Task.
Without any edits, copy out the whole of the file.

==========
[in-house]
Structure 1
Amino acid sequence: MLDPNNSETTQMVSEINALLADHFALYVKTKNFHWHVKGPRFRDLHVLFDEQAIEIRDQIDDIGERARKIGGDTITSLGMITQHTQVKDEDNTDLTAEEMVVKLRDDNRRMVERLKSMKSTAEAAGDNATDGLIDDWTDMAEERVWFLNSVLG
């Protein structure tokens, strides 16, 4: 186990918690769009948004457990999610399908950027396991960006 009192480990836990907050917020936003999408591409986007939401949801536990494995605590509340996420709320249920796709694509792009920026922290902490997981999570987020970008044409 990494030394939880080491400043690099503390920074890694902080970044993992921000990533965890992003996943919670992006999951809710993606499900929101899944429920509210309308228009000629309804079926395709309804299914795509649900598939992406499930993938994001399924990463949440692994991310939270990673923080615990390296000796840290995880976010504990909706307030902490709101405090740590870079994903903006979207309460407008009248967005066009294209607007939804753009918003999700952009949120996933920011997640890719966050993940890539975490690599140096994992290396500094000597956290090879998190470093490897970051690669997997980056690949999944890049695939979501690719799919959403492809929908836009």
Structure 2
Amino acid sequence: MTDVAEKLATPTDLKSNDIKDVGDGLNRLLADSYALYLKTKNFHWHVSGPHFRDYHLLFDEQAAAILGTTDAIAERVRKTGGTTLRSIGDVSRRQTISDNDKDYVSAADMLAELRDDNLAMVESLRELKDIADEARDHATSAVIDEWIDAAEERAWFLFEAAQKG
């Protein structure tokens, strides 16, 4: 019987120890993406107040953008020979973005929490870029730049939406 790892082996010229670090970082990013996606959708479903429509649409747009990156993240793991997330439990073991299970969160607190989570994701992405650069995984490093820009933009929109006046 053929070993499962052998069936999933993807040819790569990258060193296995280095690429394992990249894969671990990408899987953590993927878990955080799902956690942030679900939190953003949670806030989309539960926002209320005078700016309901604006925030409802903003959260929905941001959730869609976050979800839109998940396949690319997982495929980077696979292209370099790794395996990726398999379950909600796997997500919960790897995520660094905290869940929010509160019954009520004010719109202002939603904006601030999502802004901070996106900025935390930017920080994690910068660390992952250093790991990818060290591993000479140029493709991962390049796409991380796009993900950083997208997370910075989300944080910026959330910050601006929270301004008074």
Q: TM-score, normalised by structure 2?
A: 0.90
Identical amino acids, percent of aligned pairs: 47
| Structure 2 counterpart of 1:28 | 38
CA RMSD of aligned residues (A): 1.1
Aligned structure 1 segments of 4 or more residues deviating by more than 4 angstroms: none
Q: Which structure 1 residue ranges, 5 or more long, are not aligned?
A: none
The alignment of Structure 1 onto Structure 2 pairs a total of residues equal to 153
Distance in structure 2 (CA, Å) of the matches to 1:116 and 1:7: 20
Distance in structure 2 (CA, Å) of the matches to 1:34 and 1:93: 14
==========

[in-house]
Structure 1
Amino acid sequence: MLDPNNSETTQMVSEINALLADHFALYVKTKNFHWHVKGPRFRDLHVLFDEQAIEIRDQIDDIGERARKIGGDTITSLGMITQHTQVKDEDNTDLTAEEMVVKLRDDNRRMVERLKSMKSTAEAAGDNATDGLIDDWTDMAEERVWFLNSVLG
């Protein structure tokens, strides 16, 4: 186990918690769009948004457990999610399908950027396991960006 009192480990836990907050917020936003999408591409986007939401949801536990494995605590509340996420709320249920796709694509792009920026922290902490997981999570987020970008044409 990494030394939880080491400043690099503390920074890694902080970044993992921000990533965890992003996943919670992006999951809710993606499900929101899944429920509210309308228009000629309804079926395709309804299914795509649900598939992406499930993938994001399924990463949440692994991310939270990673923080615990390296000796840290995880976010504990909706307030902490709101405090740590870079994903903006979207309460407008009248967005066009294209607007939804753009918003999700952009949120996933920011997640890719966050993940890539975490690599140096994992290396500094000597956290090879998190470093490897970051690669997997980056690949999944890049695939979501690719799919959403492809929908836009």
Structure 2
Amino acid sequence: MTDVAEKLATPTDLKSNDIKDVGDGLNRLLADSYALYLKTKNFHWHVSGPHFRDYHLLFDEQAAAILGTTDAIAERVRKTGGTTLRSIGDVSRRQTISDNDKDYVSAADMLAELRDDNLAMVESLRELKDIADEARDHATSAVIDEWIDAAEERAWFLFEAAQKG
């Protein structure tokens, strides 16, 4: 019987120890993406107040953008020979973005929490870029730049939406 790892082996010229670090970082990013996606959708479903429509649409747009990156993240793991997330439990073991299970969160607190989570994701992405650069995984490093820009933009929109006046 053929070993499962052998069936999933993807040819790569990258060193296995280095690429394992990249894969671990990408899987953590993927878990955080799902956690942030679900939190953003949670806030989309539960926002209320005078700016309901604006925030409802903003959260929905941001959730869609976050979800839109998940396949690319997982495929980077696979292209370099790794395996990726398999379950909600796997997500919960790897995520660094905290869940929010509160019954009520004010719109202002939603904006601030999502802004901070996106900025935390930017920080994690910068660390992952250093790991990818060290591993000479140029493709991962390049796409991380796009993900950083997208997370910075989300944080910026959330910050601006929270301004008074």
Q: TM-score, normalised by structure 2?
A: 0.90
Identical amino acids, percent of aligned pairs: 47
| Structure 2 counterpart of 1:28 | 38
CA RMSD of aligned residues (A): 1.1
Aligned structure 1 segments of 4 or more residues deviating by more than 4 angstroms: none
Q: Which structure 1 residue ranges, 5 or more long, are not aligned?
A: none
The alignment of Structure 1 onto Structure 2 pairs a total of residues equal to 153
Distance in structure 2 (CA, Å) of the matches to 1:116 and 1:7: 20
Distance in structure 2 (CA, Å) of the matches to 1:34 and 1:93: 14